• There’s nothing like pressure to jam up your brain and make you struggle with your creativity. How can anyone do anything without feeling relaxed, in control and on the ball? It places all the focus on keeping up versus doing your best. Who wants that?

      Those are good meditations, by the way. Total chill.

  16. Sorry to jump in here again, but I just read an article in the paper (yes, I still get the paper) about a 38 year old woman who was diagnosed with cancer when her youngest was 9 months old. The little girl is 4 now and her son is 7. The mom died yesterday.

    She spent several months recording her interactions with her kids, “so they can know that I loved them more than they can imagine.” She said she regrets most that she won’t be there to meet her kids at the bus stop and get them a snack. OMG–

    Oddly, I got an email today from one of my blog readers today telling me she was just diagnosed with cancer and is in aggressive treatment now leaving her too weak to do her business. She wants support to shift her model so she can have time to get well and still make a living.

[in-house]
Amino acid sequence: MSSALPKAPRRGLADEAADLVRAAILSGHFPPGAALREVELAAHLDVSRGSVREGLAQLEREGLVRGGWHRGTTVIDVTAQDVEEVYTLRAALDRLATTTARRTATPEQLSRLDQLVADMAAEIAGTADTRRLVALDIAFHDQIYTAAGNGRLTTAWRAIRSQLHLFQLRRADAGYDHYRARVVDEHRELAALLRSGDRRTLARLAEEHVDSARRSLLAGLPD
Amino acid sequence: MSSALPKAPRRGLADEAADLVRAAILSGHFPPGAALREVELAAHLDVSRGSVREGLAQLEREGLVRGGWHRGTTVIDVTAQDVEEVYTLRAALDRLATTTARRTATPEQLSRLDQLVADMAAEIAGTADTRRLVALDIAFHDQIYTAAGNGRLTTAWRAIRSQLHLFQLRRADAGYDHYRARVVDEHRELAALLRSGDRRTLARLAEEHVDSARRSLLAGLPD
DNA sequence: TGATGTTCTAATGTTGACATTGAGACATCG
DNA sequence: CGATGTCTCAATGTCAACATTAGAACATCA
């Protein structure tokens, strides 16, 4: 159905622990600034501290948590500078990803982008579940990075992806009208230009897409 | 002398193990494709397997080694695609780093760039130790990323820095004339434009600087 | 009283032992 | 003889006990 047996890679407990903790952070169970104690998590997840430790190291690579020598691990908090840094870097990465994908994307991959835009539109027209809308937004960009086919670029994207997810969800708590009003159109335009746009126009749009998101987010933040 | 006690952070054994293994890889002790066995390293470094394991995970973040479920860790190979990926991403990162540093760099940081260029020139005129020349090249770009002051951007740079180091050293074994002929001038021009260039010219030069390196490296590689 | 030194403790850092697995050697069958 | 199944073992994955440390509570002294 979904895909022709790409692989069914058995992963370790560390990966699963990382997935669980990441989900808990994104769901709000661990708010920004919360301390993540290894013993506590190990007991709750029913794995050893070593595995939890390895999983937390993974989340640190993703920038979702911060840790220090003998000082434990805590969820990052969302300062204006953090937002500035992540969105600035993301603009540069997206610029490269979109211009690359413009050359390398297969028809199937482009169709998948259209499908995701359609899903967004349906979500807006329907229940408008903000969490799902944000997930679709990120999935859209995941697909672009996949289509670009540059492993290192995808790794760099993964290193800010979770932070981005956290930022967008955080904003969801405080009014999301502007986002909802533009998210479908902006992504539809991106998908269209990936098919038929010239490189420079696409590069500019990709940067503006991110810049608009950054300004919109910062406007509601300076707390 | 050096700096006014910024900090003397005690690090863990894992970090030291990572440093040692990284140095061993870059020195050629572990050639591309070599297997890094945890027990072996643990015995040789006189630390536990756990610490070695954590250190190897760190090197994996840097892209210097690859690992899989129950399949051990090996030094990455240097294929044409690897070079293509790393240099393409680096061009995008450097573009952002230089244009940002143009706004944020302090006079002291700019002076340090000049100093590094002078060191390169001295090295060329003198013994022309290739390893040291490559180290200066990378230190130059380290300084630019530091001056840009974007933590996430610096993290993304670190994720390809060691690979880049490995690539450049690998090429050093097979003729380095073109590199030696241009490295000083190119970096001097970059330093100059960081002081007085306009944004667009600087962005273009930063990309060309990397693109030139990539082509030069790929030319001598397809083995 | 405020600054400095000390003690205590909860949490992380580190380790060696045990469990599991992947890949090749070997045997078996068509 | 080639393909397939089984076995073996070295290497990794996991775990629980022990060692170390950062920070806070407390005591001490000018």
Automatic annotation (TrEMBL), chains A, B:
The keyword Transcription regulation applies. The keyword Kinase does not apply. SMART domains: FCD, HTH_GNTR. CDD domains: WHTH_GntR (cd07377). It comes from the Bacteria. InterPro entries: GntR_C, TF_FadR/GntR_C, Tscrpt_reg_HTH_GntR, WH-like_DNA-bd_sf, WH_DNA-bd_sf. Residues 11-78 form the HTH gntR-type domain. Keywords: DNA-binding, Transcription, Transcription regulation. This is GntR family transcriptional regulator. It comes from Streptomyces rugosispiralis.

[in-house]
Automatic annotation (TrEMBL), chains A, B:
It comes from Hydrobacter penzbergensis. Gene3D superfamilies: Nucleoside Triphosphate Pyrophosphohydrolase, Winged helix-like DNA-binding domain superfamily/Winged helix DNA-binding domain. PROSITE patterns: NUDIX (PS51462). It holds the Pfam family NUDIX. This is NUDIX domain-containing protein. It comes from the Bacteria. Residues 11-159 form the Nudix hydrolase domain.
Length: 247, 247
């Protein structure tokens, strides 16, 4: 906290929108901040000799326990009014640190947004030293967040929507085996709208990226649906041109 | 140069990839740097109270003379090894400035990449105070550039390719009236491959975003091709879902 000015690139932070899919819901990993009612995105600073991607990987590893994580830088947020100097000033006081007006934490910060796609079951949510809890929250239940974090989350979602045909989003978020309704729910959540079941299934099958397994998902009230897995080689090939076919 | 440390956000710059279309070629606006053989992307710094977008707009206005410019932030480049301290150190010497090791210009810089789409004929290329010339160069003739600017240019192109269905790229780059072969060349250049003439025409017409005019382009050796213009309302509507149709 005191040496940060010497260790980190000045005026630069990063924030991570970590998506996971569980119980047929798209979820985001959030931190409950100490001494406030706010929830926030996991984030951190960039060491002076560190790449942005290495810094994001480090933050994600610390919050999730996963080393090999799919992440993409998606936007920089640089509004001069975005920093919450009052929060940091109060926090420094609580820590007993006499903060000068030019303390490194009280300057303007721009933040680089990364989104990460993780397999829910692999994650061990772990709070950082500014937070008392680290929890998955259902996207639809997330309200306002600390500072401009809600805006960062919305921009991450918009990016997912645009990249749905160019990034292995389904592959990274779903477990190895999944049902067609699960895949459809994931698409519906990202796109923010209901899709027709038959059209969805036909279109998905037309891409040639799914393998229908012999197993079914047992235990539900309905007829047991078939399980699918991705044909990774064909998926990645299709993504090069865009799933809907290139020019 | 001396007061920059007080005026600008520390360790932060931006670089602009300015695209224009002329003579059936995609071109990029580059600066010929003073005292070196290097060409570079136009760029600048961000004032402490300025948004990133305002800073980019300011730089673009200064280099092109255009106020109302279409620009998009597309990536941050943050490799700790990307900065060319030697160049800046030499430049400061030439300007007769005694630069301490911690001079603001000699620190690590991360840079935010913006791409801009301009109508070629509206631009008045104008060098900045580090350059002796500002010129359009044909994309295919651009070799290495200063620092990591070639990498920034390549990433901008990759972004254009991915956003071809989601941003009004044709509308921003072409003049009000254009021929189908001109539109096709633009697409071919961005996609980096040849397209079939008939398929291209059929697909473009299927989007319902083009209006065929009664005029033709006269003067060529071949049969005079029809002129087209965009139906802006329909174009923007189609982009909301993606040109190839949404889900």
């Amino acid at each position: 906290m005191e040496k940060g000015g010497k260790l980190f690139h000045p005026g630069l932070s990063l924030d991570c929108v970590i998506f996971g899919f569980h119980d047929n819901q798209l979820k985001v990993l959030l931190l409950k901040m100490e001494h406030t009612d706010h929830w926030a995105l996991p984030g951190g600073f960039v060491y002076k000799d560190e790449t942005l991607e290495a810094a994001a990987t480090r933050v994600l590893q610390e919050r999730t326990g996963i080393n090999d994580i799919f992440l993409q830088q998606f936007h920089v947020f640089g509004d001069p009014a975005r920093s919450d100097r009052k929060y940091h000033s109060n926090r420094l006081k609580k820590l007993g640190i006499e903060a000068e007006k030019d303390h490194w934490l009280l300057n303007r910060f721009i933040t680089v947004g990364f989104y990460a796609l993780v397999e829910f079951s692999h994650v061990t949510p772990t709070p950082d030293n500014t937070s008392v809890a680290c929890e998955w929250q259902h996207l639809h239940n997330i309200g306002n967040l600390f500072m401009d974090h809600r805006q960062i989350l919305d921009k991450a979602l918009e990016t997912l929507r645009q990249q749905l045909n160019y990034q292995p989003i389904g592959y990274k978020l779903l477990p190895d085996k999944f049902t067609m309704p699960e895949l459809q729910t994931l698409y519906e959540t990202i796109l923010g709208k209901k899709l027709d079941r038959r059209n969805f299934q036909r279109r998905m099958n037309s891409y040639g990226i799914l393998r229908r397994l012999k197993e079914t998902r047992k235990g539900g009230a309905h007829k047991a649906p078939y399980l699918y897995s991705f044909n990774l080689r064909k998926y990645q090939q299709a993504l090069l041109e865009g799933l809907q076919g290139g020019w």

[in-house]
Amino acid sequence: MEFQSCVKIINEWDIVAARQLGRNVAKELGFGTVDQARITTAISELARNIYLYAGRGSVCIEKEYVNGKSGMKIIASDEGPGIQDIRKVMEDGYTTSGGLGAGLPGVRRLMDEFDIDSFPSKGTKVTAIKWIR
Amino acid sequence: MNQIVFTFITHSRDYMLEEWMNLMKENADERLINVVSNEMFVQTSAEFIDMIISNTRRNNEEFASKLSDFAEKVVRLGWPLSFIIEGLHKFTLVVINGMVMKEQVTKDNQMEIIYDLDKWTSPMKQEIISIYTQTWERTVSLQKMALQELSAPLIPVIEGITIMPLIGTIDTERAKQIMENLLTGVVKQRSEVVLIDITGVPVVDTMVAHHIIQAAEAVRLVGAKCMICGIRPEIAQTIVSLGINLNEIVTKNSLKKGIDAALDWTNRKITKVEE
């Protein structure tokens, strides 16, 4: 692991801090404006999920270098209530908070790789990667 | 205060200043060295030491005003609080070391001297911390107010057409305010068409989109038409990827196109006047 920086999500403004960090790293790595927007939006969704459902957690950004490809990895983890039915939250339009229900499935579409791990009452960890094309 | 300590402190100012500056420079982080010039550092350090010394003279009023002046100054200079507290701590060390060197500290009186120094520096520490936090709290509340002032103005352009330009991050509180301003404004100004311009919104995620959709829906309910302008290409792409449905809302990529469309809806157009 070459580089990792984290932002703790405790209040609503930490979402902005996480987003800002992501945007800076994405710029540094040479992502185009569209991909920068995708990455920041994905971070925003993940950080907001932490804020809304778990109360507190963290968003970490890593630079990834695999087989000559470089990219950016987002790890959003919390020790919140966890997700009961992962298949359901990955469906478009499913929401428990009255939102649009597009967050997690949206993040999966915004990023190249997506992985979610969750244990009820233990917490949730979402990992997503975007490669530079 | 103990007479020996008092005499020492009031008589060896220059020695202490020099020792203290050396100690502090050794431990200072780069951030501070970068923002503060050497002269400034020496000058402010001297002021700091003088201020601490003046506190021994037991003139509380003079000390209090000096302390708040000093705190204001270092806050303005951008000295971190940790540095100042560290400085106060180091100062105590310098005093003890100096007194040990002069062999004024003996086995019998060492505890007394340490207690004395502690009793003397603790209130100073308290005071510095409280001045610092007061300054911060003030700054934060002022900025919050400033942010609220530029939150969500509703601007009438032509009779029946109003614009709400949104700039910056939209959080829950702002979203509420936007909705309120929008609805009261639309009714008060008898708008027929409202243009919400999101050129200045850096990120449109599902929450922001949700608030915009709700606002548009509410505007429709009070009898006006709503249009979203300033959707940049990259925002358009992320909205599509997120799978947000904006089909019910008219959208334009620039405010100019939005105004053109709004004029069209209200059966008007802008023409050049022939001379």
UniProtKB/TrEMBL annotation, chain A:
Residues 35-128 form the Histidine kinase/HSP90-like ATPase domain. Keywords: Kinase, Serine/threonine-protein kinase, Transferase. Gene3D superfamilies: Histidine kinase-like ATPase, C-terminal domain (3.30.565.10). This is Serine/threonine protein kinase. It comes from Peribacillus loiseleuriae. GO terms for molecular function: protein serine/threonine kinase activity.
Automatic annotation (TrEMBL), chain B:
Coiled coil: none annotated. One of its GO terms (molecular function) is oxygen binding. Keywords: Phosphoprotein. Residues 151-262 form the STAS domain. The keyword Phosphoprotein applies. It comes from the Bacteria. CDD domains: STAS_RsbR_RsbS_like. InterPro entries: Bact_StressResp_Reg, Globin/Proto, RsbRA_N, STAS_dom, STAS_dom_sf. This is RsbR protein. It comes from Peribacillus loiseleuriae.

We don’t have all the time in the world, we really don’t.

    Use your time wisely, please…. all that stuff that feels so pressing now probably isn’t. Plan your work time and business models accordingly.

    Here’s the article and some of the video..

  17. My day job as a nurse psychotherapist has been seeing clients who often suffer from a self-imposed anxiety of not being able to keep up with a perceived expectation. Some even talk about feeling stupid if they didn’t see a review on a product they bought that wasn’t the best value for their dollar, while friends tell them, “You should have seen this video before you bought it.” The feeling of not being able to keep up drives some to shame, while others recognize that unless they had three other people working for them, it is impossible to do everything, know everything, and please everyone. Heck, it’s sometimes hard enough to take care of one’s self, let alone care for a spouse, children, pets, and aging parents.

    Slowing down is almost never a bad idea. People who need this advice usually don’t need anyone kicking them from behind to do more. In an age when we are almost never offline (i.e. we leave our computers and mobile phones on the majority of the time), there are more fears about people becoming reluctant workaholics than people becoming lazy, and more concerns about life-work balance as the two areas of activity begin to merge (such as people who work from home, or have hobbies that turn into businesses which they life guard virtually).

    • That’s the thing – much of the time, anxiety is self-imposed and we create it all on our own. And, since we have the power to create it (and fuel it!), we certainly all have the power to stop it and eliminate it as well.